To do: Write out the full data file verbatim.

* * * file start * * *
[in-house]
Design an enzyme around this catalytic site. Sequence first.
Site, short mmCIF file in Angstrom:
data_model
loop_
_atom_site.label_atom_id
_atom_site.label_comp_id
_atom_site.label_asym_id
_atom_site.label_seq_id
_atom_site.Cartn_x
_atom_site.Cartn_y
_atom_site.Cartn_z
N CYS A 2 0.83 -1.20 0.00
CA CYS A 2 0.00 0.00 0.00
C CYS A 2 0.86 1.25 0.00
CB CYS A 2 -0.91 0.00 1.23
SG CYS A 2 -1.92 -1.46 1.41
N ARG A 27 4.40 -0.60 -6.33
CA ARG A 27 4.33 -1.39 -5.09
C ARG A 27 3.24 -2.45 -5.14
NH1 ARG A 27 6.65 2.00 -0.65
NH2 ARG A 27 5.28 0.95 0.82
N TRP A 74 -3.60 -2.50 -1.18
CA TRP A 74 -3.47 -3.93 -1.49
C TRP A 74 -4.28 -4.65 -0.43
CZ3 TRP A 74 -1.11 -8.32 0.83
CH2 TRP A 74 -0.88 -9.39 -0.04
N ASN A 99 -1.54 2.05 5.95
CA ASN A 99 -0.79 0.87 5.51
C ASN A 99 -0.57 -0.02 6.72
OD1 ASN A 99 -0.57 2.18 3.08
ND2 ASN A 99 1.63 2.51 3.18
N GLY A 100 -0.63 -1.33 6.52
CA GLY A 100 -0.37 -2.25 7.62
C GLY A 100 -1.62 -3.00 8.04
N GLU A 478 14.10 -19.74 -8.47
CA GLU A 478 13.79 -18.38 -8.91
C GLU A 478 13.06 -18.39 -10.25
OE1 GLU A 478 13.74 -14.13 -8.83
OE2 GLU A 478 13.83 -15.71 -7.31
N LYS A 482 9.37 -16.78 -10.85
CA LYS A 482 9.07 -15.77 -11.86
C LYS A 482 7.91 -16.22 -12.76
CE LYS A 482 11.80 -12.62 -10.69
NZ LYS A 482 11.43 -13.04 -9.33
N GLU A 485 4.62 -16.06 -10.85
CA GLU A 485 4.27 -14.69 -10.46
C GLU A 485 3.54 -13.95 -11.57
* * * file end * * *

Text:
[in-house]
Design an enzyme around this catalytic site. Sequence first.
Site, short mmCIF file in Angstrom:
data_model
loop_
_atom_site.label_atom_id
_atom_site.label_comp_id
_atom_site.label_asym_id
_atom_site.label_seq_id
_atom_site.Cartn_x
_atom_site.Cartn_y
_atom_site.Cartn_z
N CYS A 2 0.83 -1.20 0.00
CA CYS A 2 0.00 0.00 0.00
C CYS A 2 0.86 1.25 0.00
CB CYS A 2 -0.91 0.00 1.23
SG CYS A 2 -1.92 -1.46 1.41
N ARG A 27 4.40 -0.60 -6.33
CA ARG A 27 4.33 -1.39 -5.09
C ARG A 27 3.24 -2.45 -5.14
NH1 ARG A 27 6.65 2.00 -0.65
NH2 ARG A 27 5.28 0.95 0.82
N TRP A 74 -3.60 -2.50 -1.18
CA TRP A 74 -3.47 -3.93 -1.49
C TRP A 74 -4.28 -4.65 -0.43
CZ3 TRP A 74 -1.11 -8.32 0.83
CH2 TRP A 74 -0.88 -9.39 -0.04
N ASN A 99 -1.54 2.05 5.95
CA ASN A 99 -0.79 0.87 5.51
C ASN A 99 -0.57 -0.02 6.72
OD1 ASN A 99 -0.57 2.18 3.08
ND2 ASN A 99 1.63 2.51 3.18
N GLY A 100 -0.63 -1.33 6.52
CA GLY A 100 -0.37 -2.25 7.62
C GLY A 100 -1.62 -3.00 8.04
N GLU A 478 14.10 -19.74 -8.47
CA GLU A 478 13.79 -18.38 -8.91
C GLU A 478 13.06 -18.39 -10.25
OE1 GLU A 478 13.74 -14.13 -8.83
OE2 GLU A 478 13.83 -15.71 -7.31
N LYS A 482 9.37 -16.78 -10.85
CA LYS A 482 9.07 -15.77 -11.86
C LYS A 482 7.91 -16.22 -12.76
CE LYS A 482 11.80 -12.62 -10.69
NZ LYS A 482 11.43 -13.04 -9.33
N GLU A 485 4.62 -16.06 -10.85
CA GLU A 485 4.27 -14.69 -10.46
C GLU A 485 3.54 -13.95 -11.57